Three things you must know about Chinese “herbal” medicine

Posted Tue, 06/30/2009 - 21:08 by admin

1. True herbal medicine includes more than just plants.

It’s no secret in China that traditional medicine uses more than just plants to heal and treat disease. Unfortunately for us in America, we assume that herbal medicine is just that: herbal, or plant based, which excludes a whole treasure trove of natural healing substances.

Many exotic foods and useful healing materials have been discovered after centuries of experimentation with all things found in nature, only to be excluded by the health supplement industry because they don’t seem to fit the definition of “herbal” medicine.

At Physician Perfected Medicinals we hope to break the Western habit of ignoring important aspects of traditional healing practices and introduce a whole new spectrum of powerful natural supplements that are supported by modern scientific evidence.

A visit to a traditional doctor and pharmacy in China is one way to become familiar with a whole spectrum of natural medicines that are largely unknown in the West, including minerals, sea creatures, insects and even animal parts.

While our products do not involve animals, we offer some remarkably safe and effective natural health supplements that are isolated and compounded from some very exotic materials. Our research trips to China are just one step in our process of re-discovering ancient and traditional health and healing practices and making them available in the West.

2. Many natural medicines require special processing to be effective

While some herbs and natural medicines can be used as they are found in nature, most require some type of processing or extraction to be a safe and effective health supplement.

Historical evidence shows that even ancient healers used sophisticated techniques to concentrate, extract or otherwise process raw natural substances into medicines. If fact, many of the early techniques discovered for pharmaceutical processing are still practiced in today's Chinese pharmacy. 

For example, a decoction (tea) may be prepared from a natural medicine prescription to purify or chemically alter active ingredients, thereby enhancing therapeutic value or reducing side effects. Larger Chinese pharmacies have automated machinery to prepare and package prescriptive ingredients to be administered as medicinal teas.

The earliest known text to address the processing and preparation of medical materials is Shen Nong’s Classical Herbalism, from the first century A.D., which stressed the importance of handling medicinal ingredients properly to preserve and enhance efficacy. Pharmacological processing reached a high level of sophistication by the fifth century. Lord Lei’s Essay on Drug Processing summarized the standards of the time, many of which are still in use today for the preparation of traditional Chinese medicines.

Traditional methods of processing raw medicinals might involve:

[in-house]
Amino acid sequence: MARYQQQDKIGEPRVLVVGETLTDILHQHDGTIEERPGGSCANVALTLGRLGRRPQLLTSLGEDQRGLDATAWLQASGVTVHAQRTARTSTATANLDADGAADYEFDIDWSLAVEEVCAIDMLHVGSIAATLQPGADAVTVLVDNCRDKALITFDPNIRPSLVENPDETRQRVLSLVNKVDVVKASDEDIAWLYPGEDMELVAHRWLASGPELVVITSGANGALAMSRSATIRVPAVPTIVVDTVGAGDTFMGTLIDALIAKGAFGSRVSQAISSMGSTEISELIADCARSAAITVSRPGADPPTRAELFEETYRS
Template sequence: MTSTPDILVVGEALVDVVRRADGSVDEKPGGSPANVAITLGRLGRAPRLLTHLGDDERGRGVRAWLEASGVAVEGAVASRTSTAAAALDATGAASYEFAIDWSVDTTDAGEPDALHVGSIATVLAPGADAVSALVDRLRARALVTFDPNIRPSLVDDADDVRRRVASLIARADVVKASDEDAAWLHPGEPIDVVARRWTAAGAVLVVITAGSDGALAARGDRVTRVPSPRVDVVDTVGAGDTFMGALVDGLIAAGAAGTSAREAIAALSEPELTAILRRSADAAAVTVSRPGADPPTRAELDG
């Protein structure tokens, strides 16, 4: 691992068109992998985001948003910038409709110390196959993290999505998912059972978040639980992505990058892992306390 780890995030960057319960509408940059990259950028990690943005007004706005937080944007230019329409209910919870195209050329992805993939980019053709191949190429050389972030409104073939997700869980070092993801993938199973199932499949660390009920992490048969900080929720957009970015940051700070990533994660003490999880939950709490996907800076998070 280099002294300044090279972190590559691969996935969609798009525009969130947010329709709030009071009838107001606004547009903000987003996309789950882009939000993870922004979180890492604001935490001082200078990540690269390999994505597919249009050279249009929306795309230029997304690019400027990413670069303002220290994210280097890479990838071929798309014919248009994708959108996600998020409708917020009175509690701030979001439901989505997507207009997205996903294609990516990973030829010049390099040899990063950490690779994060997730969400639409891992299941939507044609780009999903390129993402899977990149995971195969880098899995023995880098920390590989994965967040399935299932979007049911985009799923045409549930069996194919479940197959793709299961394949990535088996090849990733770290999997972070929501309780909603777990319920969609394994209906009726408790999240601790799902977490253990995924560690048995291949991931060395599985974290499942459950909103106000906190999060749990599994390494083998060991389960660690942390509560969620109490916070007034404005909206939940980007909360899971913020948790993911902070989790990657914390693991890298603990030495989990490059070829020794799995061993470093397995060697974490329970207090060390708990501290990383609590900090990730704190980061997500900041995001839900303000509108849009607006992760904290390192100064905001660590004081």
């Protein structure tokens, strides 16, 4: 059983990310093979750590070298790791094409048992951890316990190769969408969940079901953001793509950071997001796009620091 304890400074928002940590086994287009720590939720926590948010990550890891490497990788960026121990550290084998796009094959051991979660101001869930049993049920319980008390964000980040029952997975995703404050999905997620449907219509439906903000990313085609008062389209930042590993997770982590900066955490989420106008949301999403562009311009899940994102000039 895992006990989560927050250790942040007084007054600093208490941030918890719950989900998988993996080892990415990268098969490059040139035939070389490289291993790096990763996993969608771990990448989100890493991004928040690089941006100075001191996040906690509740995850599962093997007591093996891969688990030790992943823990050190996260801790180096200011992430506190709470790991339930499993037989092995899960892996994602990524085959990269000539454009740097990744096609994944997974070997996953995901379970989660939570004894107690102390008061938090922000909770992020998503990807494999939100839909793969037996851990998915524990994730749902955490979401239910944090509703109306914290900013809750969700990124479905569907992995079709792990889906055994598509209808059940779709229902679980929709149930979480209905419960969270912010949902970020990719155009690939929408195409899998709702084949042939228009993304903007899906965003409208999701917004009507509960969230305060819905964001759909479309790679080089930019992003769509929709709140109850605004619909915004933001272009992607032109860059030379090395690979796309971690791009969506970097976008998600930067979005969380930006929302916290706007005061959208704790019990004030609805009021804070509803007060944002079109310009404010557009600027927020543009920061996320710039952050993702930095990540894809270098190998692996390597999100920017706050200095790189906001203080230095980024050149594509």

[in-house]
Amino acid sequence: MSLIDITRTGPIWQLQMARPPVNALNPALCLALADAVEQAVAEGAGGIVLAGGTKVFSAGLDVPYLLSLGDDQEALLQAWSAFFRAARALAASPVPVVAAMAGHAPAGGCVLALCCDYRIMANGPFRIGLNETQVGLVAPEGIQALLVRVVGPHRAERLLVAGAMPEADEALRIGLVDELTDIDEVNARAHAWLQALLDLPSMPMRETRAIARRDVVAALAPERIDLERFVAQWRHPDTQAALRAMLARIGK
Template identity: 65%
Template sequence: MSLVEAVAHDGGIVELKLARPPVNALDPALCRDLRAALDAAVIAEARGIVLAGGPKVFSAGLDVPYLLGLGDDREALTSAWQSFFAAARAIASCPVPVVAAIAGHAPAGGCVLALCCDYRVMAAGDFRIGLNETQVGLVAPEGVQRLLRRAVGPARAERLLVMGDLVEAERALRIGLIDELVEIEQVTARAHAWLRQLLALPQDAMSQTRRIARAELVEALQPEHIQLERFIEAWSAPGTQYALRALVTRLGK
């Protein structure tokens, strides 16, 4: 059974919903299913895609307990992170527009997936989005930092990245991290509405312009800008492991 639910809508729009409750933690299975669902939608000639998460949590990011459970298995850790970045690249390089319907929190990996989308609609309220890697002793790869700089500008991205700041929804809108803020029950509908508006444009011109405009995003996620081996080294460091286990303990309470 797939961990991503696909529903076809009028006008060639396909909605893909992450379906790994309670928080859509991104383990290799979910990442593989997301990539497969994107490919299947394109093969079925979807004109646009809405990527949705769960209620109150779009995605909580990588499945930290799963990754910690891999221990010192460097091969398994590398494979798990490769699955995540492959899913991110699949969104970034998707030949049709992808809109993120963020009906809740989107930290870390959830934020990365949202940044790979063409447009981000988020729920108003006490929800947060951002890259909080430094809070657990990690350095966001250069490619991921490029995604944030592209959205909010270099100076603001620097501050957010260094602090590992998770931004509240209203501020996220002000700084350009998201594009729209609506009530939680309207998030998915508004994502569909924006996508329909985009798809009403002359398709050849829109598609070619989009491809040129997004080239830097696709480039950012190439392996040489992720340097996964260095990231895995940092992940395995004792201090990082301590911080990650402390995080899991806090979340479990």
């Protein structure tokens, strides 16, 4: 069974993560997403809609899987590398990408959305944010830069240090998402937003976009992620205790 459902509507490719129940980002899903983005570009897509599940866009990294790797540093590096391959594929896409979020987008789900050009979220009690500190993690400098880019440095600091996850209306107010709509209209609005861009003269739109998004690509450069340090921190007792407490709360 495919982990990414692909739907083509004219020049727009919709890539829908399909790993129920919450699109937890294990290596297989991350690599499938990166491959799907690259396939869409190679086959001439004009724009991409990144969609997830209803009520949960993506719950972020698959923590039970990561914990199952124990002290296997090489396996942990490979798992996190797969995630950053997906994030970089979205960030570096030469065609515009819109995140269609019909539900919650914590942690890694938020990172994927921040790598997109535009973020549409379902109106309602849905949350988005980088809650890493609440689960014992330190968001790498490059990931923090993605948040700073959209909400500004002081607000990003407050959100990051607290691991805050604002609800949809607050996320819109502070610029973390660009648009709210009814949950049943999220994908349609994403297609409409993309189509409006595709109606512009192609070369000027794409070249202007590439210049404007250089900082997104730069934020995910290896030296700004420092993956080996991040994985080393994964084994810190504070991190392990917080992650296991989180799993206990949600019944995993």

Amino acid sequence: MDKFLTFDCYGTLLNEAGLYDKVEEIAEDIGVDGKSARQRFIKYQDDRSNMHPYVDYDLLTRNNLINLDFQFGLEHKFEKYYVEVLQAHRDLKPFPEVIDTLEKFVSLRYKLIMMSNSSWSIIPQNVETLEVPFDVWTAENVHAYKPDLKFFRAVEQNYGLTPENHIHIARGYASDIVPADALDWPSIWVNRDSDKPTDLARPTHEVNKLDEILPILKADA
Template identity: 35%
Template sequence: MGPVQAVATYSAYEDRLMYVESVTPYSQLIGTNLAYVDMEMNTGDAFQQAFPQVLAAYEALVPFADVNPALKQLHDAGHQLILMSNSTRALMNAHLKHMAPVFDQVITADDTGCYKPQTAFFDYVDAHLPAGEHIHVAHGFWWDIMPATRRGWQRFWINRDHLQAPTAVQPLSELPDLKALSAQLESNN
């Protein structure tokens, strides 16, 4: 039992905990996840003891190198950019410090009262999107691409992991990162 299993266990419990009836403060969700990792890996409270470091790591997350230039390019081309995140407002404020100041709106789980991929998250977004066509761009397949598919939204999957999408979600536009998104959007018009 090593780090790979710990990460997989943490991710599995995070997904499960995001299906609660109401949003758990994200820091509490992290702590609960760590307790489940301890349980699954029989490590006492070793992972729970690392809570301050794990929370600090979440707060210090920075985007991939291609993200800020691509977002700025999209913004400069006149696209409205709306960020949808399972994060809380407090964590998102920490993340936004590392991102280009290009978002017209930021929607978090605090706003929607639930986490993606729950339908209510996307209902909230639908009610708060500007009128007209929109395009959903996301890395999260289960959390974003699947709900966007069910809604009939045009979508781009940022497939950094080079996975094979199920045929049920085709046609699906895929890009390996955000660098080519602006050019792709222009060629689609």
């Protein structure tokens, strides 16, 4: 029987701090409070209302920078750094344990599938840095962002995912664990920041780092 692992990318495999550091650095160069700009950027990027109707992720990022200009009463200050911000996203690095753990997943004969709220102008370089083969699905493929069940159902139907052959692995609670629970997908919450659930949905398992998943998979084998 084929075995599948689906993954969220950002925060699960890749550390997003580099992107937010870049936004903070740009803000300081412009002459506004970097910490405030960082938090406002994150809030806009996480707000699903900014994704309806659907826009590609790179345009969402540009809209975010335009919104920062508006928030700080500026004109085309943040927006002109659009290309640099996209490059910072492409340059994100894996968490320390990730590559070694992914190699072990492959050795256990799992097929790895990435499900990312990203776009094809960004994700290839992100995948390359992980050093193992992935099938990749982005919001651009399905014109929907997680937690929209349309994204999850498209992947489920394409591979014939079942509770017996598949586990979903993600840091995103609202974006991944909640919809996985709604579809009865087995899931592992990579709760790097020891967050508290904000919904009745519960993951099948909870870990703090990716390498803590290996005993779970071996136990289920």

• Boiling one or more medicinal substances in water, salt water, alcohol, milk, oil, vinegar, or other liquids
  • Stir-baking raw substances under varying time and temperature conditions, sometimes with liquid adjuvants like salt water, honey, alcohol, oil or vinegar
  • Wet-coated roasting of raw materials in paper or dough
  • Steaming substances in liquid
  • Calcining (a high-heat process) or water grinding (pulverizing insoluble material into a fine powder for suspension in liquid), both useful for medicinals derived from minerals

And these methods address only the heating part of the process! Traditional Chinese pharmacology, even in its most ancient incarnations, has always involved sound laboratory techniques and awareness of chemical processes.

3. Diet, lifestyle and emotional well-being are a crucial part of any treatment.

Western science is just beginning to appreciate what traditional practitioners in China have known all for thousands of years: that lifestyle matters. A lot.

A visit to a traditional healer that we witnessed in rural Guangxi Province, near Bama County in Southern China, highlights the holistic nature of traditional Chinese medicine. The doctor asked the patient how often she laughed, how harmonious her family life was, how active she was when not working, and to describe her diet (almost all natural). The physician then suggested that she drink a little more of her homemade ant wine to relieve her symptoms. The doctor explained to us later that the body produces substances that help it to heal, and that laughter and harmony with life replenishes these substances. Inactivity, bad diet and hostility create bad humors that make pain worse and can actually prevent a medicine from working.

To rephrase this wisdom in more familiar scientific terms, Western medicine has recently become acutely aware of the direct, causative and disastrous effects on health of poor diet, sedentary lifestyles and chronically high levels of stress hormones such as cortisol. And Western research has officially confirmed the demonstrated positive effect on health and immune function associated with healthy and balanced lifestyles.

East and West are finally in agreement on this essential truth: emotional well-being, diet and lifestyle are the baseline for good health, and for any course of treatment for disease.

Chinese perscription ready for making into a tea